Speaking of love interests, the boys are appealing, too, in their own ways, though we’re not given nearly as much time with them as I would have liked. Perhaps another scene or two of dialogue and a little more development of their characters would have fleshed out their stories a bit more. But I admit, outside of satisfying my own desire for experiencing the “feels” of romance, it probably wouldn’t have benefited the game much as it works so well simply because it’s not as deep or complicated as it could be. That goes for the game play as well.
The game consists of visiting various areas and selecting dialogue choices between characters to further the plot with card battles sprinkled in. The battle system itself is simple enough to enjoy casually, but allows for a bit of strategy to keep the player engaged. A race to max stats against your opponent, you play princess themed cards to either increase your stats or decrease your opponent’s, all while juggling your gold and energy. As with other card games, success often comes down to the luck of the draw which at times can be frustrating, but the battles are usually short enough to not feel like a total waste of time if you lose. My sole complaint with the system is a bug that does not allow your opponent’s attack cards to affect your stats. While this makes the game easier (although success is by no means guaranteed), it removes some of the strategy from play and makes Free Play mode less attractive. I certainly hope the bug is fixed as I’d love to build and play around with my own free play deck, but it’s only worth it if the card battles are working the way they should.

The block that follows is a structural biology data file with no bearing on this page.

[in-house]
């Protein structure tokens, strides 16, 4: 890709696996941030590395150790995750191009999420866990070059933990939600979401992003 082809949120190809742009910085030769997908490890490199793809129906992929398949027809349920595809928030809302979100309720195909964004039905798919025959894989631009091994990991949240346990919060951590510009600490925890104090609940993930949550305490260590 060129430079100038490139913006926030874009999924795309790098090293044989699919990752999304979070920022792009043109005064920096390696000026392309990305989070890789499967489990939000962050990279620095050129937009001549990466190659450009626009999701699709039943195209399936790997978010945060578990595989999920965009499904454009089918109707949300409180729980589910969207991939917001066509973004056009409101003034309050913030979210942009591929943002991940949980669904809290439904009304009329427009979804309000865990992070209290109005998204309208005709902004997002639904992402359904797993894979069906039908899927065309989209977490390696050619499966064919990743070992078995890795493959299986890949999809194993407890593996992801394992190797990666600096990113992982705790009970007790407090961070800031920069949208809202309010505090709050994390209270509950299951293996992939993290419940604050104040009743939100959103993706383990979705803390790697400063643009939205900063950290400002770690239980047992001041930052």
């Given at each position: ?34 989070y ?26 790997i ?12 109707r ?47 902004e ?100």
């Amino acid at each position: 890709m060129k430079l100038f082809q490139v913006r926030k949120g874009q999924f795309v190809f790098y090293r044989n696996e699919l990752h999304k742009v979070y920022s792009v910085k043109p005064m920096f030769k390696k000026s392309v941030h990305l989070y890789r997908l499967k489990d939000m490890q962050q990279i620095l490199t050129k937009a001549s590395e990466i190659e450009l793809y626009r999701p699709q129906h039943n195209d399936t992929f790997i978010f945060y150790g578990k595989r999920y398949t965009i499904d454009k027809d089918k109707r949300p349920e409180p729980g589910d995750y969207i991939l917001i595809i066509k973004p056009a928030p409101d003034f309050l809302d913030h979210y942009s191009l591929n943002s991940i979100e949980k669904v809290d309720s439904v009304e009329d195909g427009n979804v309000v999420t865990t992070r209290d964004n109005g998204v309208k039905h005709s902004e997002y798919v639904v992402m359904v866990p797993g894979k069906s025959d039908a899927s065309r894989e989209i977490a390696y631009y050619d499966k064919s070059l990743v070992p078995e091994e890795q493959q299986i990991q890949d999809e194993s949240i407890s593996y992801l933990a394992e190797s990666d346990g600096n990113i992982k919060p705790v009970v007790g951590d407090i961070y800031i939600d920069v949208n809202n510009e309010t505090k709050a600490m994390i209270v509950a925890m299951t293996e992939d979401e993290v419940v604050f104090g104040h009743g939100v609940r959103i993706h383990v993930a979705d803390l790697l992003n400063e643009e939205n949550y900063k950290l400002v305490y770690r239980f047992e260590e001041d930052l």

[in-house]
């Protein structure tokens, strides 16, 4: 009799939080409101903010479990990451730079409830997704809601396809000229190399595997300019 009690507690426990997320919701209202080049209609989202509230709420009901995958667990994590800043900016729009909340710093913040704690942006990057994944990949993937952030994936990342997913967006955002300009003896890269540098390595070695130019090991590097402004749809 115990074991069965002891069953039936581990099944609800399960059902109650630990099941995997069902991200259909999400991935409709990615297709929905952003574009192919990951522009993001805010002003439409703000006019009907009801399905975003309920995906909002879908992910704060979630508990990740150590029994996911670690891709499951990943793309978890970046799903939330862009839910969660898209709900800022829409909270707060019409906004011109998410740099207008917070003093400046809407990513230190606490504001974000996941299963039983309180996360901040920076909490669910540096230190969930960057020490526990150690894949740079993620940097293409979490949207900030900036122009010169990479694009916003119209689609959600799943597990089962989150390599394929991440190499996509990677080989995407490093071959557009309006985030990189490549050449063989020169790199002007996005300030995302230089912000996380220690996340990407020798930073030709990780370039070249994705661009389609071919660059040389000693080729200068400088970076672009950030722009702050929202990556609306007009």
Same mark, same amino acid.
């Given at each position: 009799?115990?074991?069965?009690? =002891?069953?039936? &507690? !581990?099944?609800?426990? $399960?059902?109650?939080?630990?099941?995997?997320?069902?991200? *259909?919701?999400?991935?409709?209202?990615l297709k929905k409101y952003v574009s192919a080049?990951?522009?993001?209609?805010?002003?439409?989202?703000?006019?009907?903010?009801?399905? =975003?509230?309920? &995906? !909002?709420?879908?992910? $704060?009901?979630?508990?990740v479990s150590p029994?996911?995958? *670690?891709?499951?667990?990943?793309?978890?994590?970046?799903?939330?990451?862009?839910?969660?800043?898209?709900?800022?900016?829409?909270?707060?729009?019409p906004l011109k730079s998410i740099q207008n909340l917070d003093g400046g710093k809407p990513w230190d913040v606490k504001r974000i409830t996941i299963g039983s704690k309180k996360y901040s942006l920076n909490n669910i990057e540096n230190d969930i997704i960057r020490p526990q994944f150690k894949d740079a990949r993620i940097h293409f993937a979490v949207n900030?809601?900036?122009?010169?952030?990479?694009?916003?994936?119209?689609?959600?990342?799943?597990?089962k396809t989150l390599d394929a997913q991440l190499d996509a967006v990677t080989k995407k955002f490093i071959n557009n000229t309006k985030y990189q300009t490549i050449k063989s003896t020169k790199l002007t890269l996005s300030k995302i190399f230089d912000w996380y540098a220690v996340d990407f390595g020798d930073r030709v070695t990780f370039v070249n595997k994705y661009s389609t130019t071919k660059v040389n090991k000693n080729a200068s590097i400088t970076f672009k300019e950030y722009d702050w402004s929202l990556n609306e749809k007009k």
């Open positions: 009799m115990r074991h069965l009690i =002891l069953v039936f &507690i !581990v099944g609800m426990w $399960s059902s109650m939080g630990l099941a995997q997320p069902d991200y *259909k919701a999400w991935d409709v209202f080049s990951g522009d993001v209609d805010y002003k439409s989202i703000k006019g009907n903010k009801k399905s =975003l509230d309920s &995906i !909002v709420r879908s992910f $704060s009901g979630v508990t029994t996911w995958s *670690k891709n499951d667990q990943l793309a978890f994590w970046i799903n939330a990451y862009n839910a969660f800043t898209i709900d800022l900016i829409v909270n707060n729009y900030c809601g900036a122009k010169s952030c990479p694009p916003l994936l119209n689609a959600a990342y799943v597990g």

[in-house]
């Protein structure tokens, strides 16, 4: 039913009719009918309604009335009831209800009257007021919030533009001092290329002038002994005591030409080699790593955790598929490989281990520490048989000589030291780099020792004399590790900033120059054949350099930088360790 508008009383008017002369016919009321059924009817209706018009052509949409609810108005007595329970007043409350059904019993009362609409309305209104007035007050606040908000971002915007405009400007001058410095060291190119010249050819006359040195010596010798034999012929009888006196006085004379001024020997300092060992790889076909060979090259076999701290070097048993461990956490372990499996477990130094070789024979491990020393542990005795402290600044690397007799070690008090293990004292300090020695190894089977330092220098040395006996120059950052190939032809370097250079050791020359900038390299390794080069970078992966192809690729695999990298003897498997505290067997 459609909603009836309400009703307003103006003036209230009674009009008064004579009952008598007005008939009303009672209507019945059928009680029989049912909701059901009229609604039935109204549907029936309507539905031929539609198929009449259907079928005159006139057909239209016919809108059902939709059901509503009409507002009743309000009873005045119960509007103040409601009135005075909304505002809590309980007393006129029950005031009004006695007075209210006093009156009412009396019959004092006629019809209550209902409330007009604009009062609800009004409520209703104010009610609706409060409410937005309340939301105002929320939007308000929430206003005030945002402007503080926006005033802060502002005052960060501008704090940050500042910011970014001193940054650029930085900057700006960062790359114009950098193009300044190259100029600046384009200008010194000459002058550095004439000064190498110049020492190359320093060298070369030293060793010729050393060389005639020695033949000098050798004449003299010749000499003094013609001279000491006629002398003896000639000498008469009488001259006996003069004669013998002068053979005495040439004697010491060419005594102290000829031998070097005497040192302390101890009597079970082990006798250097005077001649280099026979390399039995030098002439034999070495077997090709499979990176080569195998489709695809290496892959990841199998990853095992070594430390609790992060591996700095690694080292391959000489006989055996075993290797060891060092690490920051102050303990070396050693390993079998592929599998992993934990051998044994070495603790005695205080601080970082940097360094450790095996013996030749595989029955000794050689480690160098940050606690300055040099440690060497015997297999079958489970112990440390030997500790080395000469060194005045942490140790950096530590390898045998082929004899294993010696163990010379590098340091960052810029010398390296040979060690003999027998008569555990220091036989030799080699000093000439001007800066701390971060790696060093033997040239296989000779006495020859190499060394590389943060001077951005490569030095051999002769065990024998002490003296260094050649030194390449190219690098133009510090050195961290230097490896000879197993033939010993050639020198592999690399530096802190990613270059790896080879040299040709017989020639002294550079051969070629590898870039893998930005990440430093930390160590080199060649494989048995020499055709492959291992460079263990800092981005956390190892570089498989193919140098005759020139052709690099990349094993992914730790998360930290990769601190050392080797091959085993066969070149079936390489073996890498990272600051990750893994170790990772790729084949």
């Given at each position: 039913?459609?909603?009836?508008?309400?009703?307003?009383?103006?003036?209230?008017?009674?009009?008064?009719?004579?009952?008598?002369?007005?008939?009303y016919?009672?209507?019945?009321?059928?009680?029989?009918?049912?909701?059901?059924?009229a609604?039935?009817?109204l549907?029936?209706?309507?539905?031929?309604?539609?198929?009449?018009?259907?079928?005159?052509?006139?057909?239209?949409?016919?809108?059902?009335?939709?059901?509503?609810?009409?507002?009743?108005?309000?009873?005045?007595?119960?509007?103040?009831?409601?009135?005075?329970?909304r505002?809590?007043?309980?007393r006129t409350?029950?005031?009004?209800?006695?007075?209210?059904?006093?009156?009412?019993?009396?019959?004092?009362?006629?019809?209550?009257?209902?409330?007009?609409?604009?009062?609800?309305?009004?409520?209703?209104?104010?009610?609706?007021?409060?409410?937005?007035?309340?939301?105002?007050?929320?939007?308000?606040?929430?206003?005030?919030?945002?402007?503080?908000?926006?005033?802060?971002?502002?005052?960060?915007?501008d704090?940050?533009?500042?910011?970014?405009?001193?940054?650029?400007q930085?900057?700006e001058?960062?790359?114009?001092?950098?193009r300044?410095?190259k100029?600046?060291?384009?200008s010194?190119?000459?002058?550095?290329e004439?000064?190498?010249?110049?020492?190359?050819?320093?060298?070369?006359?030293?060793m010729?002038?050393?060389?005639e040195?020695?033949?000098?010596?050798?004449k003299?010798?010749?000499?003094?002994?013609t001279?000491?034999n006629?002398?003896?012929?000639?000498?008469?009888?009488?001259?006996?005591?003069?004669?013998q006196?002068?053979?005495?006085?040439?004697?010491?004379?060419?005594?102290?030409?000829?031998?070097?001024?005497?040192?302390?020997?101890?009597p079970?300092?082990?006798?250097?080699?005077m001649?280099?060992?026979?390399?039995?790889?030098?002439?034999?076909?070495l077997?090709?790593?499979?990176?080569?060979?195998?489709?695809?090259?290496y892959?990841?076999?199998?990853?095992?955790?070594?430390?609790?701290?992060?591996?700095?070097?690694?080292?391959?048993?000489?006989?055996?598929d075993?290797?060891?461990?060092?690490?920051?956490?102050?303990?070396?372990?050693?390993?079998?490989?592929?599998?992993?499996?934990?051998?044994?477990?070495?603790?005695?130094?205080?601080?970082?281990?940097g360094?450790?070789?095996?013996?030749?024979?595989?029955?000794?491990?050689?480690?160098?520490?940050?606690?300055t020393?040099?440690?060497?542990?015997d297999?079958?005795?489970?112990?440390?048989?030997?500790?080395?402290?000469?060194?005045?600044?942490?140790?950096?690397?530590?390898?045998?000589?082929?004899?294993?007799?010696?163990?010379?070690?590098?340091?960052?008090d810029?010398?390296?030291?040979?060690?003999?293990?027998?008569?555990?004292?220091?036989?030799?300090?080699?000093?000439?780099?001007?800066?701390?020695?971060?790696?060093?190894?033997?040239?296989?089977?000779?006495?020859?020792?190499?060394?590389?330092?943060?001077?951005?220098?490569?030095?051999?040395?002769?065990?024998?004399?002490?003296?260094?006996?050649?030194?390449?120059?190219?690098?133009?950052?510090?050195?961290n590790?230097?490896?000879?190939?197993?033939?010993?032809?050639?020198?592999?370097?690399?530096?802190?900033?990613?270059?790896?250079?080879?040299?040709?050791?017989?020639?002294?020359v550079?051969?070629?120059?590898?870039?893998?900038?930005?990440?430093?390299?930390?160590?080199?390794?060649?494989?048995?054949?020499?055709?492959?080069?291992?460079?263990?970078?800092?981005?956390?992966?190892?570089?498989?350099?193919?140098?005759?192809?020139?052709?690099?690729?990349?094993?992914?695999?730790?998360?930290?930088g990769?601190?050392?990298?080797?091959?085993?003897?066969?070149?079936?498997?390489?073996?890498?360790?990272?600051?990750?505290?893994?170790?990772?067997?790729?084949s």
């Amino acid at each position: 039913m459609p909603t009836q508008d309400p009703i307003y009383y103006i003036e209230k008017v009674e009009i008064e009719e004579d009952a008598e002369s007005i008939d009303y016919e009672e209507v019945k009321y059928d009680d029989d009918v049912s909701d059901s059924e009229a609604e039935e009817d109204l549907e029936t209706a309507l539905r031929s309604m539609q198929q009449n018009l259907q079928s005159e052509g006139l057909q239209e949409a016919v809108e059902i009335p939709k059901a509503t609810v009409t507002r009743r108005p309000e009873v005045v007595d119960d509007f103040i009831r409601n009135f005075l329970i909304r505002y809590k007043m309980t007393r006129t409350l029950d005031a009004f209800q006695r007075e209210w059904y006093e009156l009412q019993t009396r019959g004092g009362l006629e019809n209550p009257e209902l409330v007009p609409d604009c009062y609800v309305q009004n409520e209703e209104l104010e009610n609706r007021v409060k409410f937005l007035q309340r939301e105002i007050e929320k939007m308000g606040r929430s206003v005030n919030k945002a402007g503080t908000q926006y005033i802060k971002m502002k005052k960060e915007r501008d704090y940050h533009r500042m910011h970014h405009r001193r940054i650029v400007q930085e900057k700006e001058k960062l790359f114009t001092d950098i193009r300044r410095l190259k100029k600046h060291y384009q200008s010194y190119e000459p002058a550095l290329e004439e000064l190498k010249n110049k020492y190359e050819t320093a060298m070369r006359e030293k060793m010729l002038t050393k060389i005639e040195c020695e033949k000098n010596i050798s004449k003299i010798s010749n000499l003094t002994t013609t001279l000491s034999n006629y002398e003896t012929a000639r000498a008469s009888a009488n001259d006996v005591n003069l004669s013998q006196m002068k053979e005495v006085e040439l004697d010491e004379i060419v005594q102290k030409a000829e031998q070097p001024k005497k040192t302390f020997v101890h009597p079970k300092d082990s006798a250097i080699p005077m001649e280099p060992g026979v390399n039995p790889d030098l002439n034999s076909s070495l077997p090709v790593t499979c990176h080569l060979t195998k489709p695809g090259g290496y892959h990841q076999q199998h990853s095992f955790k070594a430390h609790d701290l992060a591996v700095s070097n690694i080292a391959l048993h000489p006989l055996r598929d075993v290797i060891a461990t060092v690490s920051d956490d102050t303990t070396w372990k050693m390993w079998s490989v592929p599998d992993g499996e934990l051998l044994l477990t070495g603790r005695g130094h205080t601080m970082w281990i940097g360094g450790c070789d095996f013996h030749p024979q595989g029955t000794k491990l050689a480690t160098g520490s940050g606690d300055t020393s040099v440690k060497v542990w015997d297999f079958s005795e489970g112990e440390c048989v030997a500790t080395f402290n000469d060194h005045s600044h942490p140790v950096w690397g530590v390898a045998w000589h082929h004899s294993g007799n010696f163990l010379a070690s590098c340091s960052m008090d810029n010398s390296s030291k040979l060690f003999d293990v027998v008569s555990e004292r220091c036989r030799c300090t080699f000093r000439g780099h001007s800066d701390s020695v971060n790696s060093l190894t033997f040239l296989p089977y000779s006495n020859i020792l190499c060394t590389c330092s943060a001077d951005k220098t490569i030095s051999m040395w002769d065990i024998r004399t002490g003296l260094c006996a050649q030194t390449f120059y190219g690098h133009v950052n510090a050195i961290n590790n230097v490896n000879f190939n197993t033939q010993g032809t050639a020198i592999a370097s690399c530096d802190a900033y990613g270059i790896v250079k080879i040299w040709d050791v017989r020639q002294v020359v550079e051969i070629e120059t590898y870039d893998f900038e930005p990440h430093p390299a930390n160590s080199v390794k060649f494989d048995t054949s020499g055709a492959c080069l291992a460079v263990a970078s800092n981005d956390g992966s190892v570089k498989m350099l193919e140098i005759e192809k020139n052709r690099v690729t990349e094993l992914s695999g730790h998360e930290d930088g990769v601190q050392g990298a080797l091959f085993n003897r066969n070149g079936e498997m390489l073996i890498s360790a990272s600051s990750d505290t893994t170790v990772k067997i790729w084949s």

Which brings me to game length. Free Play mode would add several hours of game play if only the battle bug were fixed. The main game itself is rather short taking only about 3 hours to complete. There is plenty of replayability, however, with over two dozen achievements leading through most of the branching dialogue paths and in-game events. It took me a good 12 hours to make 27/28 with that last one eluding me, but I’ll get it yet!
Despite a few shortcomings, I enjoyed Princess Battles immensely. It’s not often I am this impressed by a title that looked much less adventurous and entertaining than it proved to be. The price may be daunting for some due to the short play time, but I feel I’ve gotten my money’s worth given how much I enjoyed what’s here. If you’re looking for silly fun with a dash of romance tossed in, pick up Princess Battles. On sale, off sale - it’s worth it either way. I know I’ll be supporting Nekomura Games in the future, especially if they continue to bring the same creativeness and humor to their other titles.
Buy it from: Steam